Covid Capers

Buy the Book:
Amazon

Release Date: November 22, 2023
Pages: 312
ISBN13: 979-8393445966

 
Chef Arthur "Artichoke" Hart is cooking for delegates at a Summit in Georgia (the country) when the epidemic known as the novel corona virus hits. Speeding home before President Trump seals borders, he is sent to the Arizona desert to set up catering for a new community center. The community consists of former CEOs who quit, were fired, or retired from their positions in some of the world's leading corporations over the past year. Their leader is a Chinese entrepreneur who has been charged with building domes for the Moon Village, a joint venture between NASA, The European Space Agency, and the Chinese National Space Administration. As the virus becomes a pandemic, the CEOs are isolated in the middle of nowhere. But when one of the CEOs--the eldest son of a Columbian cartel-- becomes best friends with the leader, the intelligence community gets nervous. Arthur "Artichoke" Hart's job is to find out why the cartel is involved and, perhaps more importantly, why all the CEOs are investing in the project when it has already been paid for by the three governments.

Oh, and simultaneously, he has to feed the multitude of CEOs and their spouses' gourmet meals daily.

Naturally, the meals are to die for.


Praise

... I loved the realism in this novel, not only due to the details about the COVID-19 situation but for the references to actual space projects. Robert J. Morrow described how the pandemic began and how difficult it was to believe the big changes that affected the general population. That point seemed important to me because it places readers in a specific situation that is part of the story but to which they can all relate. He also refers to political and business conditions. All this immerses you in an intriguing plot. I liked Arthur Hart because he is a natural and charismatic character. He not only gets involved in extraordinary cases but also faces real problems, such as the situation with his ex-wife. Covid Capers is an excellent political thriller with an interesting mystery to solve.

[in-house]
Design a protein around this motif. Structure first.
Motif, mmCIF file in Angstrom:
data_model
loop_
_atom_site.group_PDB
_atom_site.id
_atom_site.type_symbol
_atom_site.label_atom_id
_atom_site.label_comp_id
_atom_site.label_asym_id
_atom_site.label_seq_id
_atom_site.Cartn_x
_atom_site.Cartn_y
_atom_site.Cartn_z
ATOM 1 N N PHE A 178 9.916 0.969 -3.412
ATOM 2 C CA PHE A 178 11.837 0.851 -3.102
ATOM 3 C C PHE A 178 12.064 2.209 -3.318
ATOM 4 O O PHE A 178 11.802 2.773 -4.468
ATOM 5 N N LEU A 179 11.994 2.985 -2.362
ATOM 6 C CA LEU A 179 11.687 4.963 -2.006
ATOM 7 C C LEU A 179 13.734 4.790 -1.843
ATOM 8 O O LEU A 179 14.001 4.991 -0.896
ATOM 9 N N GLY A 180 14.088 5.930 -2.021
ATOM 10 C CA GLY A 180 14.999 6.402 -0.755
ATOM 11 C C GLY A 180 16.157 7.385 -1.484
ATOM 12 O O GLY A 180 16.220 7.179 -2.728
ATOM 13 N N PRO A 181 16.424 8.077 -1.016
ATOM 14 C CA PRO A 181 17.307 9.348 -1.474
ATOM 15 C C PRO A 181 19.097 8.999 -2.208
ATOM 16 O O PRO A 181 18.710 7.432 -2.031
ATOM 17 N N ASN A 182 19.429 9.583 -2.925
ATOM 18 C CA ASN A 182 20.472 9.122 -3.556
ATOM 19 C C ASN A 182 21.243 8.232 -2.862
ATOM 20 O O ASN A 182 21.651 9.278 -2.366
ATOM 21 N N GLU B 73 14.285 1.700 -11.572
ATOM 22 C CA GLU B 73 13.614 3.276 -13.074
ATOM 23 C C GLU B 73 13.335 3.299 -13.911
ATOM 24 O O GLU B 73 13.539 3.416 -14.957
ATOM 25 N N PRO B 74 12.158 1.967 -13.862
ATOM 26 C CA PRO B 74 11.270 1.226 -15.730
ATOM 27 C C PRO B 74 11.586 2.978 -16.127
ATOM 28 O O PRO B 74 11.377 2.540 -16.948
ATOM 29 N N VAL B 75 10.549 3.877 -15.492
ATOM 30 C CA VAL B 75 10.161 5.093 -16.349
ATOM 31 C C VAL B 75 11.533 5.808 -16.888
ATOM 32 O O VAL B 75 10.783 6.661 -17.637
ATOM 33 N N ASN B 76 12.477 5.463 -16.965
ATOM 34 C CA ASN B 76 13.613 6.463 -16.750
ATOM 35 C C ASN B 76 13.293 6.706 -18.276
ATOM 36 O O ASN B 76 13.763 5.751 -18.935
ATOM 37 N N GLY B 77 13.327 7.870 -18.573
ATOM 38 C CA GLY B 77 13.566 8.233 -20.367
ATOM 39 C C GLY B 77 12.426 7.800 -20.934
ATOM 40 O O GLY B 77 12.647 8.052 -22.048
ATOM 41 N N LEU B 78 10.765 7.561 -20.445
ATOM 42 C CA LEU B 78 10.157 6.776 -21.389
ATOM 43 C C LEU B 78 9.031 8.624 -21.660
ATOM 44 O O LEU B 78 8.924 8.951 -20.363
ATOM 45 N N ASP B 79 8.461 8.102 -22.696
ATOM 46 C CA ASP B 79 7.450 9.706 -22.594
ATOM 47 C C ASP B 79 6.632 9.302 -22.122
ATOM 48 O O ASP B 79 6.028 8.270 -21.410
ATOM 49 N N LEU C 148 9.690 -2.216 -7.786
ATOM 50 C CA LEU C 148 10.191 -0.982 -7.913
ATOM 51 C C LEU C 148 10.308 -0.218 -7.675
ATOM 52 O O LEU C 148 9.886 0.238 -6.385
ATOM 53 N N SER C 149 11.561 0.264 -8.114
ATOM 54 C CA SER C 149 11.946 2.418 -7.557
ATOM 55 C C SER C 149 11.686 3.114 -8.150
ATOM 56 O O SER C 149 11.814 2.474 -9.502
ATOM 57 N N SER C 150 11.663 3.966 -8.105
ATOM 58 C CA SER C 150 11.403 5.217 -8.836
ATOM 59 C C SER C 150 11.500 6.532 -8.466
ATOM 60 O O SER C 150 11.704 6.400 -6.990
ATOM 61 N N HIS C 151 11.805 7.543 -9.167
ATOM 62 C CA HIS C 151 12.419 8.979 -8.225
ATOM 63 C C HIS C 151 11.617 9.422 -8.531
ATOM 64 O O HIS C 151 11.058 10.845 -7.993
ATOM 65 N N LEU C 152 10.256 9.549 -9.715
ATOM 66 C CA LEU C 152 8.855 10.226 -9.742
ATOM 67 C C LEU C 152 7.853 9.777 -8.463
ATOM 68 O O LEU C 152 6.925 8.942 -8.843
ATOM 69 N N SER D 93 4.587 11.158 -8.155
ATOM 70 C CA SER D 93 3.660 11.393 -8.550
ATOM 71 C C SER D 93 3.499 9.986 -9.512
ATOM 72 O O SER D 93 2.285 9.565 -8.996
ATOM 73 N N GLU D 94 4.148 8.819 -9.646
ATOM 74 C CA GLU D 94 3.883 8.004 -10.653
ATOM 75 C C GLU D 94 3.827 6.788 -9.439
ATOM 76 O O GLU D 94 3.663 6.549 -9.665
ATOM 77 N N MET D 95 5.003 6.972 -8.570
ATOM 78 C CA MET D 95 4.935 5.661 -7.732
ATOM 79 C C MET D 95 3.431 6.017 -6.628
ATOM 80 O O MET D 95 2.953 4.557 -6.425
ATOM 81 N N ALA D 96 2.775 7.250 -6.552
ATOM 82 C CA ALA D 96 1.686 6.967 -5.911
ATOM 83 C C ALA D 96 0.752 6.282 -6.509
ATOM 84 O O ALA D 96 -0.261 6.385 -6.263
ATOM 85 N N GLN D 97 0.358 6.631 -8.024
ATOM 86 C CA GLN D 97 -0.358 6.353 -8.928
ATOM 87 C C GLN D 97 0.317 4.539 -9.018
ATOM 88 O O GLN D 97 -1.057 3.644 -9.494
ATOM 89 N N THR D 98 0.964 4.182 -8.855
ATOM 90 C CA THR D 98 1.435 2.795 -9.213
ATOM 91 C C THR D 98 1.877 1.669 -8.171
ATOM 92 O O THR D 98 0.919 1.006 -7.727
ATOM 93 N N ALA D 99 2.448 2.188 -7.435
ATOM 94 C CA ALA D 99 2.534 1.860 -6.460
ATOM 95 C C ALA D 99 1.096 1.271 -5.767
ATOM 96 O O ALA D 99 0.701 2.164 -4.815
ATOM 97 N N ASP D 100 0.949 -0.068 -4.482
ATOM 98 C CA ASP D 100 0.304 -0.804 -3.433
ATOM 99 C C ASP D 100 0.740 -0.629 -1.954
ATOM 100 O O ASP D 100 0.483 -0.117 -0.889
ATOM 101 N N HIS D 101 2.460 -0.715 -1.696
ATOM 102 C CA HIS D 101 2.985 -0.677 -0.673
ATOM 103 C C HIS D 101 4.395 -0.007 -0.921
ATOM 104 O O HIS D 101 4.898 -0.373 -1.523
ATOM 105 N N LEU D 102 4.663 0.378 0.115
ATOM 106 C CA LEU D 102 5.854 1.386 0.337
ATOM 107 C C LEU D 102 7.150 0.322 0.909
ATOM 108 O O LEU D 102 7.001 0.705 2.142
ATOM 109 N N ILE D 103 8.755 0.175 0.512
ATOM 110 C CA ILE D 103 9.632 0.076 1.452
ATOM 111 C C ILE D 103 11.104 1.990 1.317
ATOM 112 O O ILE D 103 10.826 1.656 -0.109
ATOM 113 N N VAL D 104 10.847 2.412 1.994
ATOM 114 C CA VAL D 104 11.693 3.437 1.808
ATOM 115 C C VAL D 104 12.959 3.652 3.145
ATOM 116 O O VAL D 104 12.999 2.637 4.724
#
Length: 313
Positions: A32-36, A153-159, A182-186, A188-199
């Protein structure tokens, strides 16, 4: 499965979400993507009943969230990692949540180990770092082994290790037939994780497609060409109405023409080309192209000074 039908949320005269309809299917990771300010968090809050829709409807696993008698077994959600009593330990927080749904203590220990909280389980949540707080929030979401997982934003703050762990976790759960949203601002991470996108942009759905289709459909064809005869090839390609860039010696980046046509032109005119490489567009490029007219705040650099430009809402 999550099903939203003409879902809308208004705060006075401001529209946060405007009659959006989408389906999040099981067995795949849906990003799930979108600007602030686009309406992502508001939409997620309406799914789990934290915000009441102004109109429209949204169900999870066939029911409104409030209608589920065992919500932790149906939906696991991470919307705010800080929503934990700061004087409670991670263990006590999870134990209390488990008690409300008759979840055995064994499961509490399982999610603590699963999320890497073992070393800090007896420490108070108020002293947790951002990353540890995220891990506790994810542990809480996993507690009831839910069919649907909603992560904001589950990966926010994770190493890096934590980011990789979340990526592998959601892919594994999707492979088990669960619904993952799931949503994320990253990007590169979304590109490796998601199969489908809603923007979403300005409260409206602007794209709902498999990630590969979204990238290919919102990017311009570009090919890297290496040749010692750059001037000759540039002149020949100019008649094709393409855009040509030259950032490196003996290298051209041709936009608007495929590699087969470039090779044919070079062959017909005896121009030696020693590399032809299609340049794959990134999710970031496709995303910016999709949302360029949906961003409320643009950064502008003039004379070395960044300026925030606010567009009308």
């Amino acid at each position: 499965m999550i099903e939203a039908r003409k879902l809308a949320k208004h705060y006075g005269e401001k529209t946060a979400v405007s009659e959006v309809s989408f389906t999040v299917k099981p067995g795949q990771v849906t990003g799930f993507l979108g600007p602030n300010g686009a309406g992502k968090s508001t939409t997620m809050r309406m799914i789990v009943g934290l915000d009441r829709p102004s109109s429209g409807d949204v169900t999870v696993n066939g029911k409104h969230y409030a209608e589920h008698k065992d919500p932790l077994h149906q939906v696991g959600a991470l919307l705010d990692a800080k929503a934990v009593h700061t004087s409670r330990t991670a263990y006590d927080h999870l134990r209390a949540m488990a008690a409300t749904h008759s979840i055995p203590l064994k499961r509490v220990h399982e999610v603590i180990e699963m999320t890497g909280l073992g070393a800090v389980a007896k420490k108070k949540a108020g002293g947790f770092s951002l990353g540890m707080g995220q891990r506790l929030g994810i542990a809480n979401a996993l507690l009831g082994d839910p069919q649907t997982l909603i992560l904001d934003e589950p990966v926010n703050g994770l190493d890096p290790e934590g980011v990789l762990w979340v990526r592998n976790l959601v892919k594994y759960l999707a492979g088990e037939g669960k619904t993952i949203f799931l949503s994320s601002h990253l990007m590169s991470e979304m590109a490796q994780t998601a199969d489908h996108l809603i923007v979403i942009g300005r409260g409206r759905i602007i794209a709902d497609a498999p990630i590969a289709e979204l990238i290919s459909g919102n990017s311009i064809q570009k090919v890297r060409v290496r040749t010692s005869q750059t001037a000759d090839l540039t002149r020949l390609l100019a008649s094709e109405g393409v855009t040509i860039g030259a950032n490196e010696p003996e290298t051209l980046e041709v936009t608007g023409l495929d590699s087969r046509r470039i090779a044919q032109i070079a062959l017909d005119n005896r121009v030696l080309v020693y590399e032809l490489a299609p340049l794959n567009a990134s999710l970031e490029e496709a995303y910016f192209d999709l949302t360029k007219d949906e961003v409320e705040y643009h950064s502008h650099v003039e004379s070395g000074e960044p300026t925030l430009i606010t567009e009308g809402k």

- Reviewed by Diana Lopez for Readers' Favorite In March 2020

Robert J. Morrow does an excellent job of blending mystery, action, and the life of a chef in his novel Covid Capers. The elements that Morrow brings to the table through Hart are fun and insightful. Sous vide in a makeshift desert facility is something I'm not going to attempt myself but it's cool to see someone else do it. And as a reader who lived in Las Vegas for over a decade and actually went to the opening night of The Cosmopolitan, I was almost back at home and totally got the reference to its Chandelier Lounge. Kudos to Morrow for the tongue-in-cheek James Bond vibe in its glamor and Hart's nod to his own exploits: "With blatant adherence to the glitz and glamour of traditional spy and heist movies..." I did have reservations about the portrayal of the Chinese antagonist, Yang, given the sensitive real-world climate, but Morrow does tie Yang in to bigger influences and he stands on his own two feet as a man who believably wields subordinates, branches through an illicit empire, and is just plain nefarious to a delicious degree. The skill required to make a character like Yang both fully fleshed out but still somewhat unknown is immense, and Morrow excels with it. Overall, Morrow's book is a gamble that pays off and a perfect weekend read. Very highly recommended.
- Reviewed by Jamie Michele for Readers' Favorite


Excerpt